Theater of Cruelty

Tighter control regime

Norway must introduce measures that could threaten the freedom of organization of volunteers.


[terror] The drastic measures mean that the authorities can intervene against voluntary organizations and deny them access to their own accounts. Members of the board can be set aside and fines imposed. The authorities also have the opportunity to stop all activities of voluntary organizations that do not want to cooperate.

The requirement comes from the international working group Financial Action Task Force (FATF). The regulation was adopted on 16 February this year and is binding on the member states. The requirements must now be adapted to Norwegian law.

FATF's recommendation has led Danish aid organizations to respond, among other things. They believe that the regulations threaten the freedom of organization and that it also opens the way for authorities in other countries to demand access to the activities of Danish or Norwegian organizations.

- We are particularly concerned about how the new guidelines will be used in weak democracies, where the framework conditions for reform-friendly and oppositional parties are not so good. The FATF recommendations allow those in power to suppress and persecute their opponents with legitimate means, says Secretary General of the Danish aid organization IBIS, Vagn Berthelsen to Ny Tid.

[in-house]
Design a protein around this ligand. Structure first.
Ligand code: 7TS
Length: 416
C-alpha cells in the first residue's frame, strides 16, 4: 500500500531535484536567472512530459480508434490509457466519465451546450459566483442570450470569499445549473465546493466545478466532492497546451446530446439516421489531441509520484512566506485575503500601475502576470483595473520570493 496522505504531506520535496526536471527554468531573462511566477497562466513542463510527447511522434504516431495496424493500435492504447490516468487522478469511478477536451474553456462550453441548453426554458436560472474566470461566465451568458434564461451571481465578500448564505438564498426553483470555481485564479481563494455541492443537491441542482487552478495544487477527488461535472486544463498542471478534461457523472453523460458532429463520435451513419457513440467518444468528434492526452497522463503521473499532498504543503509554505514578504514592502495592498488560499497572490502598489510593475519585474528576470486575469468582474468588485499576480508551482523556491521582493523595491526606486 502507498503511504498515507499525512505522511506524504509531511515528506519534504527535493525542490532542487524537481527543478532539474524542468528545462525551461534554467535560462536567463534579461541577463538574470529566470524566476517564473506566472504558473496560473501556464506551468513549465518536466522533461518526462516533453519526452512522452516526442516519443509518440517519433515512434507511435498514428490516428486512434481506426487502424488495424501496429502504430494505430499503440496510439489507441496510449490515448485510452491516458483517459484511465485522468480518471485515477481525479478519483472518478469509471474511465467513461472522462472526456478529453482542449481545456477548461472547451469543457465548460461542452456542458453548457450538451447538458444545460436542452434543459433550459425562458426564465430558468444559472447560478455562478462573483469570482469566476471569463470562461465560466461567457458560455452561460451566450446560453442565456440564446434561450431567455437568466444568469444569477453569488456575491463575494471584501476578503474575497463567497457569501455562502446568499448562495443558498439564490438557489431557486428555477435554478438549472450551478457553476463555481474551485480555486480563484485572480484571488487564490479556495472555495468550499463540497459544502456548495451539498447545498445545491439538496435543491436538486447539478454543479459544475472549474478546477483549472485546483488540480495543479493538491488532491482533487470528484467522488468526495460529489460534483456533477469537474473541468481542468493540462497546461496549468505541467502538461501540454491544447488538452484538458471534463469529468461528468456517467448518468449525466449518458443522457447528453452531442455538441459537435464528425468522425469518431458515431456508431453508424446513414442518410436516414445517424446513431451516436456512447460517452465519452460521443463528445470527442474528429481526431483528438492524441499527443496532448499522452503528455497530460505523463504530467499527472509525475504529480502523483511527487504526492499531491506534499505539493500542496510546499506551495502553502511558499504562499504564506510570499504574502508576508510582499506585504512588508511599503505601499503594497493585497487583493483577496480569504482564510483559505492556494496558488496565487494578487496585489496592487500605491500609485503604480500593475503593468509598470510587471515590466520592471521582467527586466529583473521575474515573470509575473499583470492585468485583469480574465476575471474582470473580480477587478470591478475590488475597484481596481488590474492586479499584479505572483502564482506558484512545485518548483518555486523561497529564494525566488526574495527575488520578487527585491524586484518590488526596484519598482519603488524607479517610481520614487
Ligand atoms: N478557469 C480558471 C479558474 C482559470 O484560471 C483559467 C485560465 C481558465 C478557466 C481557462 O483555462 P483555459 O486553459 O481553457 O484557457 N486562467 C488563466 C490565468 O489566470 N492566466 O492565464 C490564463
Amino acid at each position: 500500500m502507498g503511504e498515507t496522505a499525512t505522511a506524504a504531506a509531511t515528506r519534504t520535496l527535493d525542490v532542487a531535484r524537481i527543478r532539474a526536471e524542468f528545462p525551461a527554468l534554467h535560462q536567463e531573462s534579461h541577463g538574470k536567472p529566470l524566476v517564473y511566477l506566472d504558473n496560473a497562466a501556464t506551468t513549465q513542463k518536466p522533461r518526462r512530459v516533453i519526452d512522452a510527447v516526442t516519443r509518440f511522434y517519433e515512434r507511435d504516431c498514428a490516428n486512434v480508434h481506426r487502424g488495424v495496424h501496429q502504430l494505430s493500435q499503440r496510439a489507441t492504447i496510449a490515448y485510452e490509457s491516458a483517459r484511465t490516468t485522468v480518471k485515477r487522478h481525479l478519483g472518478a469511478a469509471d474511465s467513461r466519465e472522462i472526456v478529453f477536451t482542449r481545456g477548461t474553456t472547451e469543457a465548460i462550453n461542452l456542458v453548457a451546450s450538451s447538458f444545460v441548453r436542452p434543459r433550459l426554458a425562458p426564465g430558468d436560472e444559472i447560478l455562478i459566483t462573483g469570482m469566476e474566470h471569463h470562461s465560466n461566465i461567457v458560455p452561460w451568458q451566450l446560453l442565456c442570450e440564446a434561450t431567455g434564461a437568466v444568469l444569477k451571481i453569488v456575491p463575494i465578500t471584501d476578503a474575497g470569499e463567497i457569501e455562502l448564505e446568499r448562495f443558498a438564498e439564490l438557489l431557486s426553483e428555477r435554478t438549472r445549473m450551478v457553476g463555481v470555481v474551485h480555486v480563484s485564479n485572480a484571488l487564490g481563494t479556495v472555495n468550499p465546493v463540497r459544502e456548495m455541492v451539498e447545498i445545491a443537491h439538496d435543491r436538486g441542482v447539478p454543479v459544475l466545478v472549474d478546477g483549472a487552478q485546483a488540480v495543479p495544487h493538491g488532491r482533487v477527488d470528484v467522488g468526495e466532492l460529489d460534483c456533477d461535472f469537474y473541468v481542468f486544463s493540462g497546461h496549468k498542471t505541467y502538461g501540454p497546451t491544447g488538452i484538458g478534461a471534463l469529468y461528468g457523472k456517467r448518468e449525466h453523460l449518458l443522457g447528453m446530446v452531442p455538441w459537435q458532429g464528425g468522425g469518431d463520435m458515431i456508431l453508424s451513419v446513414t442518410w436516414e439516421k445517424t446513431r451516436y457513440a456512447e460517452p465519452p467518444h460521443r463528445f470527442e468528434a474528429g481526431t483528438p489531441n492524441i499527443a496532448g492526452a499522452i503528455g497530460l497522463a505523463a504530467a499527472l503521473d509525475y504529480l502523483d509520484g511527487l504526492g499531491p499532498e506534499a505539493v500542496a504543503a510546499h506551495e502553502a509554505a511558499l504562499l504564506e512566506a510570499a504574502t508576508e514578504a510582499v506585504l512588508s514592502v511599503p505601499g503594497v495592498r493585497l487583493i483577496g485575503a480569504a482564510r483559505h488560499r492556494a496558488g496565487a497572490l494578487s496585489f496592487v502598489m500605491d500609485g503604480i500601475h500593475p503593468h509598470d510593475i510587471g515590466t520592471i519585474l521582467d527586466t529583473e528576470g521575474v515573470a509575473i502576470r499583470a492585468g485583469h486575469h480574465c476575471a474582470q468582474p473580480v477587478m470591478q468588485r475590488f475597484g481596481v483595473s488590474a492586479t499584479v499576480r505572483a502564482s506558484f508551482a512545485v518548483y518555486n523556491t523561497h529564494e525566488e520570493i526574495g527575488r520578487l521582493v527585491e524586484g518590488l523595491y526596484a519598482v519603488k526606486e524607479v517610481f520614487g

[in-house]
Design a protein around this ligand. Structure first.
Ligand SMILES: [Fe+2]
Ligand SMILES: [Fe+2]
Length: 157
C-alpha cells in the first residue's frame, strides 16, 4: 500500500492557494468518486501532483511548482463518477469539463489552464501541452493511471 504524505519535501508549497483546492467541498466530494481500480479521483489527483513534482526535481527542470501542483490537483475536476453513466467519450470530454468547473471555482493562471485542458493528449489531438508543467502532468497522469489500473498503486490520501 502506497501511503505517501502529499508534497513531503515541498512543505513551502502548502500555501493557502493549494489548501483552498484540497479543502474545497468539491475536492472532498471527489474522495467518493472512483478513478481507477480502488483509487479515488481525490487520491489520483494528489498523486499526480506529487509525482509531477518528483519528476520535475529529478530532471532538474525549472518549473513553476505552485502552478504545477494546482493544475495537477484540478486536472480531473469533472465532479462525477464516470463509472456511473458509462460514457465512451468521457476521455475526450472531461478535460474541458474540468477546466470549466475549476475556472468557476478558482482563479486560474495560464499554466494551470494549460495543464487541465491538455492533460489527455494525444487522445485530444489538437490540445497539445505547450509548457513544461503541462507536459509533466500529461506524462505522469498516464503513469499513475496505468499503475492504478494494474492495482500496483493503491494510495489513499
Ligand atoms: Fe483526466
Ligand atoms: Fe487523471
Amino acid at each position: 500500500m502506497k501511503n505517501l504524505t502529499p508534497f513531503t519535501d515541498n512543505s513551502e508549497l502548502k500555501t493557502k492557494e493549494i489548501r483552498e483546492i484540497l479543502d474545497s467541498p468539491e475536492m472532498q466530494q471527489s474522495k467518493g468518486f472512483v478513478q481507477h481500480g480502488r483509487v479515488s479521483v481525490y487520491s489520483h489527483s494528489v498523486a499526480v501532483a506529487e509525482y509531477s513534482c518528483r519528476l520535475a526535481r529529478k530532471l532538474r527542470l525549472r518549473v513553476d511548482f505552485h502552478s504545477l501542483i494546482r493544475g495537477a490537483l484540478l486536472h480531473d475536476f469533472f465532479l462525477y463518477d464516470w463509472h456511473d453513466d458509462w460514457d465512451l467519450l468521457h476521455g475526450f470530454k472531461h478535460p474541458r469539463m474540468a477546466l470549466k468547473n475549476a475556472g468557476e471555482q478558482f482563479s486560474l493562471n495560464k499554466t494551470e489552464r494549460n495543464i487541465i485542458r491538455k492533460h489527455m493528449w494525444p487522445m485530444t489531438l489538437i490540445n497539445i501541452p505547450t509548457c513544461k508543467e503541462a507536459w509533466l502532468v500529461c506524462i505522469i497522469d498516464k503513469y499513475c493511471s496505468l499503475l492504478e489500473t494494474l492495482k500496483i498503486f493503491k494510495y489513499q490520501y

Norwegian organizations Ny Tid has contacted, however, are not aware of the new regulations that the FATF requires to be introduced. The Secretary General of Care Norway, Gunnar Andersen, is one of them.

- However, we are open systems where you can follow the support of organizations, says Andersen. Bjørn Pettersen, Director of Communications at the Norwegian People's Aid, says that they are aware of the problem and are concerned about not being drawn into, or otherwise contributing to, money laundering or corruption.

- The government does not interpret this as a threat to voluntary organizations, says information manager at the Ministry of Justice, Gunnar A. Johansen.

He emphasizes that it is not clear at present which countries it may be appropriate to exchange information with in the event of suspected terrorist financing, but that this will be done in accordance with international rules.

- Proposals for legislative changes as a result of Norway's obligations in relation to the FATF will of course in the usual way be subject to consultation, says Johansen.

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